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the flat bottom of the cone now acting as the washer locks the unit in place. I might have to draw a diagram of this. I think it will work.

Last of all let me mention that Mattel's MY Child dolls had very interesting joints, They are readily available on E-Bay, just look foe "Mattel's my child doll." That combined with our embedded wire might also be a way to go.


I will mention this here, while we are on joints. I feel that the tipping head is important, It is one of the reasons why I went with a latex sculpted body, so I could do the tipping head and not have to solve the problem of devising a neck insert, as I would with a sewn soft body.

The heads on Baby Face are attached with some sort of foolproof device, with elastic involved, as it is here. What I used was a ball with a hole in it that widens at the top and is narrow enough to hold a knot at the bottom. One needs space for the elastic to both stretch to get tension, and also space to tip. If narrow hole met narrow hole there would be no tipping. The top piece is an inverted cup with hole, this serves to reinforce and encircle the cup shape molded into the doll's head, There has to be enough space for the elastic to stretch. I then joined the pieces with knotted stretched elastic and pushed the cup up into the head and the ball down through the neck.

The head will need to have a vinyl neck cup shape inserted and molded in by the mold maker. Judy Albert went ahead and got someone to do the BF body, without showing it to me. So there are several flaws, one being the head cup and neck tolerances are not right, there is a ridge in the neck that keeps the head from moving smoothly, It reaches a point and then jumps into a tilt. This joint is pretty critical.  It determines how high or low the heads sit on the body. A pre-crafted joint unit will be needed here. I believe the way BF is done, with flaws corrected, will provide the answer.

A head that merely turns, but does not tilt, is another, less appealing, option, but I cant see that there would be any cost saving over the preferred way. A snap on head neck arrangement as in a conventional vinyl doll would be cheaper, but that would require that a very hard vinyl be used.

There seemed to be so many obstacles cropping up to gathering the right materials, that I just gave up on the wire, and knowingly used the wrong kind. Still it was the best that I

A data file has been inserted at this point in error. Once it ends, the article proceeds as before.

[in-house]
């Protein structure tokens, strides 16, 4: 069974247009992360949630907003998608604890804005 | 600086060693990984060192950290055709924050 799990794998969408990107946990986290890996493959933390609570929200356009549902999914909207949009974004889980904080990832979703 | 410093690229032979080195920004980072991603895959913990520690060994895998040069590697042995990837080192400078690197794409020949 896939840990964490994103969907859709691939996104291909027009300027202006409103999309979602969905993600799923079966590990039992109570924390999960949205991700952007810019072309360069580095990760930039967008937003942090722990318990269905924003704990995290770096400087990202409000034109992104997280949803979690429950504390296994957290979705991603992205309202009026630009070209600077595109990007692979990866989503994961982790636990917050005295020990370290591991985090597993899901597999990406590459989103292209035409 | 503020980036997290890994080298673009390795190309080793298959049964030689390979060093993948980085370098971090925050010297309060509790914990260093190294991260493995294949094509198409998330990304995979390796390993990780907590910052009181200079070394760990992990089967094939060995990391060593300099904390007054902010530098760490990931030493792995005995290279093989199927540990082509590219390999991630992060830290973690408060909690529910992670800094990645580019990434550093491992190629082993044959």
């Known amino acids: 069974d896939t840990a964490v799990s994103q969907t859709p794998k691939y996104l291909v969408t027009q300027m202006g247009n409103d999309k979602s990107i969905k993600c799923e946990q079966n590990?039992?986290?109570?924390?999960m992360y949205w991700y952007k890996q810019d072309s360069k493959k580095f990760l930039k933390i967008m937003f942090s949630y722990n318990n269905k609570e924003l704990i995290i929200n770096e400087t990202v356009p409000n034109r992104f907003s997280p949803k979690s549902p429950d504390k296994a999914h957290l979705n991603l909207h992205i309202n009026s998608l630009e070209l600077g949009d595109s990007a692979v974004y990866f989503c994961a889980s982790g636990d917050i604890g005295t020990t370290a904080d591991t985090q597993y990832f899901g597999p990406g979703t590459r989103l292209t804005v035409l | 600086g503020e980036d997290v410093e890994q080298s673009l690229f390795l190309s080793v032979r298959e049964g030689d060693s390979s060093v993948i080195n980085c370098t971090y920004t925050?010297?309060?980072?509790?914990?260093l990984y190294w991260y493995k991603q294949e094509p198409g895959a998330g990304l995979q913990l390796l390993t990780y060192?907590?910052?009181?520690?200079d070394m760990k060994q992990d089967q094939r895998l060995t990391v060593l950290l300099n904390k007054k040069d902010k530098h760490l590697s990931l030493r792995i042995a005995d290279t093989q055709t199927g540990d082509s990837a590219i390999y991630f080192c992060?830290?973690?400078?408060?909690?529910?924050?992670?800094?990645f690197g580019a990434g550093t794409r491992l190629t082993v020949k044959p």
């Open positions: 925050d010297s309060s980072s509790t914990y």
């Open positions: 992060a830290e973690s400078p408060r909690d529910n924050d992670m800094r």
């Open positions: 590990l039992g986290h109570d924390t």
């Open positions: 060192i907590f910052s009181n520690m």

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could find. Please don't play around with the samples any more than necessary, as with enough bending the wire could break.

Bendable dolls and small bendable figures have been around for years, If they use the right wire they can survive thousands of bends. I ended up using very soft aluminum wire intended for wrapping around the thicker wire in armatures to hold the clay in place. It sustains more bending that the wire they sell in craft stores for flower arrangements, so I reluctantly used it. Its not bad in feel in the arms, but even double it is not strong enough for the legs, The large red headed doll with her top-heavy pony tails tends to lose her balance and fall over, easier than the other two big sisters. Stronger wire would cure this. The wire I used is so soft that it can actually bunch up and make the limbs shorter. The proper wire would not do this.

I have noticed that on some toys a thick bundled cluster of electrical wire covered in plastic has been used, This I guess is intended to keep things together, if any wire should break, It also tends not to bend much, or hold its position, when bent.
The correct wire is definitely something that needs research, and what it will be must be determined before the molds for joints can be engineered.


I really like the body the way it is, but I must confess that, at one point, I considered sewing it out of velour, instead. I felt that it would prove more difficult for me to create refined patterns with real shape and character. And also, I didn't quite know how best to retain the ability of the neck to rotate and tip, the way it does in latex. So, I chose to sculpt the body. I'm glad I did! But, It would not be the end of the World, if for whatever reason, cost, etc., you opted for a soft sewn body instead.